When a baby is back to back, sunny side up or the technical term in a Posterior position baby is head down, but their back is along your back and the back of their head is against your spine. They are born looking up at the world, not at your bottom. The most common analogy is that giving birth to a back to back baby is like putting on a polo jumper with your head facing the sky, not with your chin down and it totally is!

My baby was back-to-back and had been since my last appointment. I was given some exercises to try and naturally encourage the movement of the baby that I carried on doing during the day. 

Often with a back to back labour the pain is focused in the back, this actually wasn’t the case here. 

A later drop in from the on call Midwife did involve her trying to turn the baby. What started as some pushing on the tummy that was uncomfortable enough did end with an internal attempt at turning the baby. I’m not going to lie, it totally hurt but eyes on the prize people.

6pm’ish Marie arrived, after a full days work love her, all hail the Midwife life, Andy began to fill the birth pool. The pool we used for this birth was a community pool so was free of charge. We had to buy a liner for it obviously but it was all of £20, if memory serves.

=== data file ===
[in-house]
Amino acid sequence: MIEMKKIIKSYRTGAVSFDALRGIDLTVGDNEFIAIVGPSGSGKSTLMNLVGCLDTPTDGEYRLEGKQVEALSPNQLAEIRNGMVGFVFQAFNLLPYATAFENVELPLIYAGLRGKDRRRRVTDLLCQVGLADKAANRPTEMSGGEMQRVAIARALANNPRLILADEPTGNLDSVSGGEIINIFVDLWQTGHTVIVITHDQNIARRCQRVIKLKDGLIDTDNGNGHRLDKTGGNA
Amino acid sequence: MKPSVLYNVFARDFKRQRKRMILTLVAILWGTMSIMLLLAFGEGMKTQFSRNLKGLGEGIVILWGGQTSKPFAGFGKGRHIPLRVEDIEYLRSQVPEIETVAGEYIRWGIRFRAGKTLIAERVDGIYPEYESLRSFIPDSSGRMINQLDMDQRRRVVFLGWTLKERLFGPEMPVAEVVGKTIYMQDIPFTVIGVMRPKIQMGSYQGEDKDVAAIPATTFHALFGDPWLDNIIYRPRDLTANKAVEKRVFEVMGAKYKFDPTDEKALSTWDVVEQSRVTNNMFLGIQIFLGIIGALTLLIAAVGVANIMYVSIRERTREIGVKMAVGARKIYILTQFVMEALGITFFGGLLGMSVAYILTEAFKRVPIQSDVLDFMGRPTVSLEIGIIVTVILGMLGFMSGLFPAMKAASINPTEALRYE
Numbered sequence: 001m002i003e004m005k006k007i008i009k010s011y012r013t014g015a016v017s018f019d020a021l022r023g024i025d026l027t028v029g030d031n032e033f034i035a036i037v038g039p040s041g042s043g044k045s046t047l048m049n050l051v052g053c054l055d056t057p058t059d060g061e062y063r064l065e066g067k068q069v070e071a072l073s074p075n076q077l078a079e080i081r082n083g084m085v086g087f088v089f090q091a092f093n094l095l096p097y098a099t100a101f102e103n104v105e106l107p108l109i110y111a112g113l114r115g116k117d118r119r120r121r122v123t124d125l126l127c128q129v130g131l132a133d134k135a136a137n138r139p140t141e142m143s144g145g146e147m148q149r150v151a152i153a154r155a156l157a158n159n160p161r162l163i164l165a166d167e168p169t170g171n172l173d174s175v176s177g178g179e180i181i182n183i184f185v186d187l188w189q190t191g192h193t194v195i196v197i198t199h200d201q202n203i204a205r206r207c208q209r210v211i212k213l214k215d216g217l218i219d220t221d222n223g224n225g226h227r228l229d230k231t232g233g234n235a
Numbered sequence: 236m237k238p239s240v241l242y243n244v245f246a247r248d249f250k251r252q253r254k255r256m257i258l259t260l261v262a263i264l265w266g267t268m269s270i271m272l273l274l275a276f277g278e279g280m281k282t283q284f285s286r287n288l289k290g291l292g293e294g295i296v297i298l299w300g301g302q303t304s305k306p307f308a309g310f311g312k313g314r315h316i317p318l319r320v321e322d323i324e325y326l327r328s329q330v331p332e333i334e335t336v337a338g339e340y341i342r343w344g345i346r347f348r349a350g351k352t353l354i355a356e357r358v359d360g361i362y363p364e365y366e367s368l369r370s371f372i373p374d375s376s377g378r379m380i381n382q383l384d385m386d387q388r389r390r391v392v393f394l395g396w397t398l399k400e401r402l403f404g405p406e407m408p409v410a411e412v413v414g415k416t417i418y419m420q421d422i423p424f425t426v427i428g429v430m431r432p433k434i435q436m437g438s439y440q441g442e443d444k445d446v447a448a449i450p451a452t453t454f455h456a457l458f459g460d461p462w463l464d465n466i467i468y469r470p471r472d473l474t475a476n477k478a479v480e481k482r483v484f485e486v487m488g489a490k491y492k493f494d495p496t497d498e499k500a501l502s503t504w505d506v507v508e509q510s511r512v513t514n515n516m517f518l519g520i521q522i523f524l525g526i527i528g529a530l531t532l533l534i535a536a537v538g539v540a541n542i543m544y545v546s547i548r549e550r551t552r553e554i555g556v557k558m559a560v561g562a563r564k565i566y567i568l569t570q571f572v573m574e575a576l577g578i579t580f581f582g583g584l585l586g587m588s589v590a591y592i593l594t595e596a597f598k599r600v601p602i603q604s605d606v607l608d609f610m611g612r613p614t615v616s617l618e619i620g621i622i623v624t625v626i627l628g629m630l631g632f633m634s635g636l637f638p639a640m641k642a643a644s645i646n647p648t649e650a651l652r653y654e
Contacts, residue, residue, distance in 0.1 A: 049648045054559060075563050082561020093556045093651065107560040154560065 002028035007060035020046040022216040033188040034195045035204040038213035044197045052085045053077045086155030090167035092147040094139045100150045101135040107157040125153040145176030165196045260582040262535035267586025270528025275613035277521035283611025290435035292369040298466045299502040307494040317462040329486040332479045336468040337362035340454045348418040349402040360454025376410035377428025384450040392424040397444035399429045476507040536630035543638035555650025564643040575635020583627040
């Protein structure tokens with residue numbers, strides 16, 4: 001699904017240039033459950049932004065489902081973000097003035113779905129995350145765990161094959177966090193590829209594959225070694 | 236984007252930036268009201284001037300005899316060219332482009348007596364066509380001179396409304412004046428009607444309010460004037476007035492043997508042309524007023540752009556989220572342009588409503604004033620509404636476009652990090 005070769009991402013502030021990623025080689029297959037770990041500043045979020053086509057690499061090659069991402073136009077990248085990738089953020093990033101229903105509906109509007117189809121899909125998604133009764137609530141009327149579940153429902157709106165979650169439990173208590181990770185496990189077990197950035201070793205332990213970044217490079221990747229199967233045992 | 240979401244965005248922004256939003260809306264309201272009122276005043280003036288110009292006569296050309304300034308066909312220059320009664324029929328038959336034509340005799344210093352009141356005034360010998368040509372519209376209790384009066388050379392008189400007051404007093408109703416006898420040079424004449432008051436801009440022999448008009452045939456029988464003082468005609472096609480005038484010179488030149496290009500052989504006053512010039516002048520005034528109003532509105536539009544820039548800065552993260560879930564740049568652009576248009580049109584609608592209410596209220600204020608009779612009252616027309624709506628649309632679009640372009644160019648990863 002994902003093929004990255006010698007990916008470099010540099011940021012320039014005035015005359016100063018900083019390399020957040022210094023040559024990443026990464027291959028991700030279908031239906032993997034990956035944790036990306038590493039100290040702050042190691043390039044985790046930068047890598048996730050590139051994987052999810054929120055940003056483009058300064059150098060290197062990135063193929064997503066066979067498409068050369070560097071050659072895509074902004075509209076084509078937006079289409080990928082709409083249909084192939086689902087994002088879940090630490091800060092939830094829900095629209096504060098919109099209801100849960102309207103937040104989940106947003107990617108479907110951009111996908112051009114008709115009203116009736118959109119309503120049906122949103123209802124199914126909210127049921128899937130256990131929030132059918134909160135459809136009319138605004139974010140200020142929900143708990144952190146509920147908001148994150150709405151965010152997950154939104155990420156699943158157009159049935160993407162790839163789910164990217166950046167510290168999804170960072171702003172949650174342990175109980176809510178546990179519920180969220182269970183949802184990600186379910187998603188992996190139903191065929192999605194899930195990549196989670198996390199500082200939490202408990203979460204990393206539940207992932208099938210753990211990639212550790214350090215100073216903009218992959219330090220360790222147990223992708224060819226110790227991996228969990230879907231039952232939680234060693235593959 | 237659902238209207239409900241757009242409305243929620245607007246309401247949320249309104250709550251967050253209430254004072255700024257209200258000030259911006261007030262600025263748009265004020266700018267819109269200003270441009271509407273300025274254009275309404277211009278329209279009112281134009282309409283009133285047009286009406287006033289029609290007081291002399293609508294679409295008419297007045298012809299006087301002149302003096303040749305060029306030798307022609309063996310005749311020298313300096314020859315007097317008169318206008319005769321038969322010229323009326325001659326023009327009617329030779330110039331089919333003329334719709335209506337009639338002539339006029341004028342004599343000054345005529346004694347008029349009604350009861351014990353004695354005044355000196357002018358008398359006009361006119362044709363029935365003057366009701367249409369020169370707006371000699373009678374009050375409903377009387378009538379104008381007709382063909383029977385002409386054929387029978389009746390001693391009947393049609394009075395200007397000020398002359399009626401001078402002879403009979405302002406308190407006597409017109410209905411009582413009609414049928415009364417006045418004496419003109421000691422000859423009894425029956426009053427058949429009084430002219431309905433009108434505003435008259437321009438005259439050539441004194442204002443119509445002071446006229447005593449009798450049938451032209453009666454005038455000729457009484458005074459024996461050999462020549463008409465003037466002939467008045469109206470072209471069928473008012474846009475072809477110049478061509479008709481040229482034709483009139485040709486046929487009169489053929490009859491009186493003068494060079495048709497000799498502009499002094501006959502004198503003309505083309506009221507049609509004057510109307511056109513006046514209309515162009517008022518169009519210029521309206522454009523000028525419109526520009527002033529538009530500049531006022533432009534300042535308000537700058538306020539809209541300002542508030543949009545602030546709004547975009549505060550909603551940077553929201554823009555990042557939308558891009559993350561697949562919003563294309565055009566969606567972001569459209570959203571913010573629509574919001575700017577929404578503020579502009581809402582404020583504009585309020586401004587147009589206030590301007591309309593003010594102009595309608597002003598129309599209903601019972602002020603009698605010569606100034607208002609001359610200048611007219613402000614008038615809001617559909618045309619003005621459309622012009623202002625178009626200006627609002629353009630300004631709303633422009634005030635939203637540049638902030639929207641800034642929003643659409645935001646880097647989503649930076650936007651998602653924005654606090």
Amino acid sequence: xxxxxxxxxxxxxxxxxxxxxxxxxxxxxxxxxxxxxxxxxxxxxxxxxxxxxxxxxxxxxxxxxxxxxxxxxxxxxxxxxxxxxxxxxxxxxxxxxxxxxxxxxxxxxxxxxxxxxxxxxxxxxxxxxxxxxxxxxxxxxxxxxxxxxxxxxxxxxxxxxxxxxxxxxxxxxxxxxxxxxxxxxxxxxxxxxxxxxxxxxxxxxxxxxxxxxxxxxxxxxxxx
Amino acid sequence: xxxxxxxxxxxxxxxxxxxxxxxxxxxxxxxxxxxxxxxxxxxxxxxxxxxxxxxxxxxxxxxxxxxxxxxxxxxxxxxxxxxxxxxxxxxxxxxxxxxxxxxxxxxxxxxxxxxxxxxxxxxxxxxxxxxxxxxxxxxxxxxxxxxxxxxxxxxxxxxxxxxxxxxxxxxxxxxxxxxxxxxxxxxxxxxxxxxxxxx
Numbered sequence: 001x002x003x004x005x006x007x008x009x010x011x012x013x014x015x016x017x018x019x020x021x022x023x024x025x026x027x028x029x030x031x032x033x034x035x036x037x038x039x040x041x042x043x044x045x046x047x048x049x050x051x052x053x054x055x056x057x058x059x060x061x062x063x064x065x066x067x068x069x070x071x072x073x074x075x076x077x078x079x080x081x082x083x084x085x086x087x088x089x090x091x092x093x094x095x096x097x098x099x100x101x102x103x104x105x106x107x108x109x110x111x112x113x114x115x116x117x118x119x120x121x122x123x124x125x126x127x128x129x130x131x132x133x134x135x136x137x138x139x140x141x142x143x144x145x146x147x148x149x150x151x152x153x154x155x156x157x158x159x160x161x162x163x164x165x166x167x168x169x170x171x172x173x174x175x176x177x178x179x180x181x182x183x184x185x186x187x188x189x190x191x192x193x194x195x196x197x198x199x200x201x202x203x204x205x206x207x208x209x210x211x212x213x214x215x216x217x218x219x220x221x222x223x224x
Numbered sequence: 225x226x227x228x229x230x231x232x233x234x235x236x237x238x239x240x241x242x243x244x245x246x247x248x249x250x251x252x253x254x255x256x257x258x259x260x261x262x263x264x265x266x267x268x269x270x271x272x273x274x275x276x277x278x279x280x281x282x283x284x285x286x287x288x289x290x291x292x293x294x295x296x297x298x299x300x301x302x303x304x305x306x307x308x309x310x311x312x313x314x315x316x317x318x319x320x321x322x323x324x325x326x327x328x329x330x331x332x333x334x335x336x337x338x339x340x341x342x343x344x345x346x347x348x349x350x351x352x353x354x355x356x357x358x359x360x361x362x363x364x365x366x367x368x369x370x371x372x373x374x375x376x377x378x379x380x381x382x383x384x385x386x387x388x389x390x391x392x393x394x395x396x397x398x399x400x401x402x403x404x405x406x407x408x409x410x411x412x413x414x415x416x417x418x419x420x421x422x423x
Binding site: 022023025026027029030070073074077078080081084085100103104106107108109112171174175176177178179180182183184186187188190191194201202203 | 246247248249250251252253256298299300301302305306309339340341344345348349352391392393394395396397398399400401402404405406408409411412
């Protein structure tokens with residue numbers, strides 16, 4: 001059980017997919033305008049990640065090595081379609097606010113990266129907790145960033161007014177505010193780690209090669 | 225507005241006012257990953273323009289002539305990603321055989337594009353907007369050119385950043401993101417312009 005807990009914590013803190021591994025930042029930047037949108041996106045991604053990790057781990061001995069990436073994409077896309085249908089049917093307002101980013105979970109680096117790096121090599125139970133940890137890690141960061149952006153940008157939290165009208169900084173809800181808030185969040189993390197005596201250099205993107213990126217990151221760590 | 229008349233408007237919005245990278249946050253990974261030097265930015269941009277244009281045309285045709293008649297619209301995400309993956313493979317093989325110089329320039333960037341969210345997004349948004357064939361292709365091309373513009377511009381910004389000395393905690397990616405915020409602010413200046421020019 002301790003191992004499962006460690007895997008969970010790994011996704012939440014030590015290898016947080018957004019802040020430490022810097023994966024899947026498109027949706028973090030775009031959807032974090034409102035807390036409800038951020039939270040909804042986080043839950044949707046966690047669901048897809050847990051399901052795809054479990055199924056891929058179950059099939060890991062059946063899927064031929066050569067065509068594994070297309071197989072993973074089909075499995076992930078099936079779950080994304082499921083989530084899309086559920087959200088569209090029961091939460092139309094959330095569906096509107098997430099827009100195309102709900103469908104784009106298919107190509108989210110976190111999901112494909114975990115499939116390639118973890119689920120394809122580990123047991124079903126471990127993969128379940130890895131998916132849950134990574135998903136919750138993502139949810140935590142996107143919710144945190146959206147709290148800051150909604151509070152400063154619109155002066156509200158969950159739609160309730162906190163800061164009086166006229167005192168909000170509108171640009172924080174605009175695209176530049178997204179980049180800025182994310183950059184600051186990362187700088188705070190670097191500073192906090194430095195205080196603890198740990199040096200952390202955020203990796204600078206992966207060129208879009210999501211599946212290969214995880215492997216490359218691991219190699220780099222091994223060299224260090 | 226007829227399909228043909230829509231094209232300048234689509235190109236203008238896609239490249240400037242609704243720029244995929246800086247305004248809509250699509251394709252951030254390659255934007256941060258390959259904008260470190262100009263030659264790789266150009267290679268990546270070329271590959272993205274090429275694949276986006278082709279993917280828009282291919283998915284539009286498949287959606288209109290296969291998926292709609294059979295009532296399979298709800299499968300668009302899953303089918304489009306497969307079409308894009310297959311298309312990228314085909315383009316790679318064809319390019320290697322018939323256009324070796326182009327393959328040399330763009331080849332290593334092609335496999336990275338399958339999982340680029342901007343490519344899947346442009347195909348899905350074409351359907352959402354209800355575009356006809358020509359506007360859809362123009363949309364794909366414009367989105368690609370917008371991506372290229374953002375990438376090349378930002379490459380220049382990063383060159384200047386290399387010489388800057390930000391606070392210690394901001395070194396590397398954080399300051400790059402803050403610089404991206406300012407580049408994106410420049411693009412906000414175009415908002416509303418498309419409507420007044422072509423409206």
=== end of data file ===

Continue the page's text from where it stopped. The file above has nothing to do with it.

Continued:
About the same time I made a phone call to my Mum. We hadn’t really discussed her being there at the birth but the time was here and I’m not ashamed to say I wanted my Mum. She came over, camera in hand and was absolutely wonderful.

I climbed in the birth pool with Andy and we laughed, joked and munched on ice pops. As the pain intensified and contractions became more frequent Marie allowed me to use the Gas and Air – Hallelujah. I inhaled the absolute crap out of it. So much so that we actually ran out and Marie had to venture to the nearest hospital to pick up some more! My Mother was nervous at this point as labour was well under way and I was almost at transition.

When you have a home birth you receive the attention of two midwifes, totally the VIP treatment. The idea is that when baby comes there is someone to look after Mum and someone to look after baby. Our second midwife arrived shortly before our baby was born. Marie had unsuccessfully tried to break my waters and the pool was actually slowing down my contractions. After some failed attempts at pushing we went into the bedroom. My waters lovingly broke on my mothers converse as I climbed on the bed, sorryyyyyyy Mum.